Company Directors are becoming increasingly exposed to personal liability for business debts.
Company Directors are under a positive duty to ensure that the corporate entity does not incur a debt whilst it is insolvent or does not become insolvent by incurring a debt. As well execution of personal guarantees by directors has become commonplace and essential today to continue in business. This means that directors of a small to medium sized businesses may expose themselves to personal liability by guaranteeing the debts of their corporate entities. Demands on the directors will normally proceed when there is a default pursuant to a personal guarantee.
Furthermore since 1993 the Australian Taxation Office (ATO) also has had its recovery powers for corporate debts extensively increased. The ATO can penalize directors equal to the tax debt outstanding for the company pursuant to Section 588 FGA of the Corporations Act. This provision allows the ATO to be indemnified by the directors for certain taxation liabilities of a company.
In addition to liability for PAYG withholding amounts, directors are personally liable for their corporate entities unpaid superannuation guarantee charge. Furthermore a new director is not liable to a director’s penalty charge for corporate entity debts that existed when they became a director until 30 days after they become a director. Hence a new director may be liable for paying debts of the corporate entity.
There are also Common Law and Contractual duties owed by directors that are governed by Case Law as well as individual employment contracts.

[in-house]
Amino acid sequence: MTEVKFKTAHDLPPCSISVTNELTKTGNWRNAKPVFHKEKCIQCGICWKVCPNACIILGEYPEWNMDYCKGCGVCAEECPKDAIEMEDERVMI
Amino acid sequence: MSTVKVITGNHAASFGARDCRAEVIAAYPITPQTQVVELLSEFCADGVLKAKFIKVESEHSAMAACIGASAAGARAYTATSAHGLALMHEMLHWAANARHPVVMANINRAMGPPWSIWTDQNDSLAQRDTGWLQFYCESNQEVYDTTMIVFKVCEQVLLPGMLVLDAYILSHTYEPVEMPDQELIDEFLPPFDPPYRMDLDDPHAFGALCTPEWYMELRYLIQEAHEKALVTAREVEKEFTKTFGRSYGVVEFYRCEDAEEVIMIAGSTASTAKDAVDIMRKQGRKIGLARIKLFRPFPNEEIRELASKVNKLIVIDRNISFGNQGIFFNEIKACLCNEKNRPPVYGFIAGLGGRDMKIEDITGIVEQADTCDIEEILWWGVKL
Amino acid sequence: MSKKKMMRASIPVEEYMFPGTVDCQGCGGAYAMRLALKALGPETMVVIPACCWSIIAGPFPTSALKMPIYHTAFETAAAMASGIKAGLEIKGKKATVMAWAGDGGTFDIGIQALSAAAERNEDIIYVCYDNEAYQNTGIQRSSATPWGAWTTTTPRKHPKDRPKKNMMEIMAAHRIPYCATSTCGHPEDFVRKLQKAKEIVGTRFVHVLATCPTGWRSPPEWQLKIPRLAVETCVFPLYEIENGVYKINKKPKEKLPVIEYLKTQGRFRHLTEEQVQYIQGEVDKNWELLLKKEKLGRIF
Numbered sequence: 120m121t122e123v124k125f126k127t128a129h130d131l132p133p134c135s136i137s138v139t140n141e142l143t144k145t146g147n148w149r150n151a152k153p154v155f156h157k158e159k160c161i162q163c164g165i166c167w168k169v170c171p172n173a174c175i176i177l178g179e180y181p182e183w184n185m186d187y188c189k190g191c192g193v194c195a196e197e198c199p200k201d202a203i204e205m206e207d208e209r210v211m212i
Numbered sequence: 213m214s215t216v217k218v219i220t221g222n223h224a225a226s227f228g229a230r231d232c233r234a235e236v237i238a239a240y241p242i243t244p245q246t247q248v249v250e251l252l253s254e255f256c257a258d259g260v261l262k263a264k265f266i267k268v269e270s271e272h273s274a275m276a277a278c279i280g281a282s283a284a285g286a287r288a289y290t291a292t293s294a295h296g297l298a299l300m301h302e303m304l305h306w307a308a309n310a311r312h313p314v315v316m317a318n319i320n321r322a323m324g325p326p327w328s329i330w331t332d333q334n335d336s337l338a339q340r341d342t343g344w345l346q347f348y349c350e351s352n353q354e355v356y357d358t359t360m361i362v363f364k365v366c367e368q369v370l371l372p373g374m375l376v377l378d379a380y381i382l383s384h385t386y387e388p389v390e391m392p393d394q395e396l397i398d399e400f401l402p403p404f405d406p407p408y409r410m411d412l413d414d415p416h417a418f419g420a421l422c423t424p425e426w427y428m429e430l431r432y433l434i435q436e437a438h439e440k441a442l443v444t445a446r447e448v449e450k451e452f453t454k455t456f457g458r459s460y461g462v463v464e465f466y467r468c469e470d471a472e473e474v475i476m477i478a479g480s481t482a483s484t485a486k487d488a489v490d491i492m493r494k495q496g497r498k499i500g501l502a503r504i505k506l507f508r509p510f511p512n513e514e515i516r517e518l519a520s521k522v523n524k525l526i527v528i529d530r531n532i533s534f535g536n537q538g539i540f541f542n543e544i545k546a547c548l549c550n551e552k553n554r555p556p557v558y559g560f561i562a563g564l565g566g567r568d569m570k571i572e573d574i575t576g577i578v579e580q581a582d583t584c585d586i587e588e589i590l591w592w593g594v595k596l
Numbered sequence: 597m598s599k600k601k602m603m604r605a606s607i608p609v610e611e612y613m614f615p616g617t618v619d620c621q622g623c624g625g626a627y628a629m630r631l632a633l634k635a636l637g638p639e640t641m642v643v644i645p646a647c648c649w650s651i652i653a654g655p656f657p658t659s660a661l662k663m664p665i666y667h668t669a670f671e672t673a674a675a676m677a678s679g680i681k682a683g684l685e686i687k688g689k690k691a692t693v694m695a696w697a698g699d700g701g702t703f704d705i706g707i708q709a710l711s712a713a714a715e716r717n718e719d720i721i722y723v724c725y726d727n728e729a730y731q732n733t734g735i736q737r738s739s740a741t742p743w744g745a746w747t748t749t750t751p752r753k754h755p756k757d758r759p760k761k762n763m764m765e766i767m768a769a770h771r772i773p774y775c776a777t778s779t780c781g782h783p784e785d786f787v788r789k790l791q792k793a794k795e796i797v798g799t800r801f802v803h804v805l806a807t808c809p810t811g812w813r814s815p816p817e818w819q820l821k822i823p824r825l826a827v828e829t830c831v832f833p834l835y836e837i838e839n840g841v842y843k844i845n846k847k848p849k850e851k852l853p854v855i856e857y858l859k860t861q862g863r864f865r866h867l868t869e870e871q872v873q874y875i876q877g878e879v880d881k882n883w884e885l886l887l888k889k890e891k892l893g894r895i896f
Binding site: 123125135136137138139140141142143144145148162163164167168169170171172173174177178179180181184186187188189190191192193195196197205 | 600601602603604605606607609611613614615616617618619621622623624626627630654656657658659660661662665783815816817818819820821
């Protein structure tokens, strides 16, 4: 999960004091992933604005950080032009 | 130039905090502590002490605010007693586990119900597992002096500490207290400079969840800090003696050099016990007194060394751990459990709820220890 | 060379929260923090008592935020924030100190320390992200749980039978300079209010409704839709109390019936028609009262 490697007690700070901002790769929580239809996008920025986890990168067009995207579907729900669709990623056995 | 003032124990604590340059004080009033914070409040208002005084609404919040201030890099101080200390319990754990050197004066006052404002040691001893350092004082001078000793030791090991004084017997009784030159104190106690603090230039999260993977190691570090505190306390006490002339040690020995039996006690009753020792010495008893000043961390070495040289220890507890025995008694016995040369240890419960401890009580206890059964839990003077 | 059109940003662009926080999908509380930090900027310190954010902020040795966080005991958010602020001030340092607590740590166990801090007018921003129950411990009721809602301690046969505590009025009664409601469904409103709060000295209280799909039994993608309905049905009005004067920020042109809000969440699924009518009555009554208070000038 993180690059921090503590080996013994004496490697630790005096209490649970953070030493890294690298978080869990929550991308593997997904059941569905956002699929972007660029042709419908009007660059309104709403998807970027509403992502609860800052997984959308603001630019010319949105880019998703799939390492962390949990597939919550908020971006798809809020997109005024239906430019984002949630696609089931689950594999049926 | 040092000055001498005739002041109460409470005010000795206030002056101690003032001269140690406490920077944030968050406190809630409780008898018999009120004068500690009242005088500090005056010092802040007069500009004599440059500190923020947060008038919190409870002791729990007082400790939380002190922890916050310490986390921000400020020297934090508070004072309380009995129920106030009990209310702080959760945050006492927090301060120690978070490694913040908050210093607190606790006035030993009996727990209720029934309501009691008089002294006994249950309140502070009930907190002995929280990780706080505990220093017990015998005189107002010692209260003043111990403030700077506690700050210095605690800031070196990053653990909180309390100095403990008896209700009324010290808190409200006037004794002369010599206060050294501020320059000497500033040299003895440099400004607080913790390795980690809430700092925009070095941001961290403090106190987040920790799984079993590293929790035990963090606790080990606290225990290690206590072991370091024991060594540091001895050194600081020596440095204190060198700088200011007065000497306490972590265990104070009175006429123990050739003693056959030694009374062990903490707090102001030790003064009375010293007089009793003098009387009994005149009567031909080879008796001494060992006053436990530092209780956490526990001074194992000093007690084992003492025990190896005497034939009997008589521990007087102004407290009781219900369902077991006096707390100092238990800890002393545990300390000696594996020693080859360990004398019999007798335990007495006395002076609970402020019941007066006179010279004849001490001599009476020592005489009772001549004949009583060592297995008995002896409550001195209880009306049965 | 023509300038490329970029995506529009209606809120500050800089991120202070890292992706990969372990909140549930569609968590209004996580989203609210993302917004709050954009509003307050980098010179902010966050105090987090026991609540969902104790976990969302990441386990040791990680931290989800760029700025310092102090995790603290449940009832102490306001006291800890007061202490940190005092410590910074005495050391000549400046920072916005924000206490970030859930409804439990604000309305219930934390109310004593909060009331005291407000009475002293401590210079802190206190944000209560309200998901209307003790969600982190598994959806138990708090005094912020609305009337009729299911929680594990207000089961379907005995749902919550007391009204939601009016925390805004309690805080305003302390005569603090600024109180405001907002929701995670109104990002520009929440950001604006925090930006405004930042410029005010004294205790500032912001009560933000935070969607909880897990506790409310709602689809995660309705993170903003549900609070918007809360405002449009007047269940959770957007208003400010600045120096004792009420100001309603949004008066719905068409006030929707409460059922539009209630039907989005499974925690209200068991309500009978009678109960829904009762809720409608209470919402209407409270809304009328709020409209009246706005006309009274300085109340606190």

Furthermore the Common Law duty of care, skill and diligence stems from the law of negligence and the relationship of proximity between the director and the corporation.
Rules of equity also impose a number of duties on directors by virtue of a fiduciary relationship between a director and a company. A liquidator is able to bring proceedings for breach by a director’s duty owed to the company.
In effect corporate structures are no longer as protective instruments they once were against commercial risk. It is more evident that directors are personally exposed in the case of insolvency.
Directors and Officers (D and O). Insurance
There may be little benefit to an insolvency practitioner or creditors in pursuing directors unless of course directors are covered by D & O insurance giving the practitioner to the funds and insurance company.
There are however a number of exclusions from D&O policies which significantly restrict the amount of ambit of such insurance. These include:
- prospectus-type liability exclusion which will often be of importance to directors of companies who propose to embark on a public offering;
- professional indemnity exclusion which excludes cover for claims alleging a breach of duty other than the professional duties owed by a director;
- insured versus insured exclusion which excludes claims brought by one person covered by the insurance against another, including by the company against a director. This is a significant exclusion because a director’s duties owed to the company itself and actions thus brought by the company are a significant potential source of liability. Many D & 0 policies contain an exception to the insured versus insured exclusion. This is to prevent the manufacturing of a claim for example by the directors of a company breaching a duty and voting to sue themselves to get damages for which the company is insured.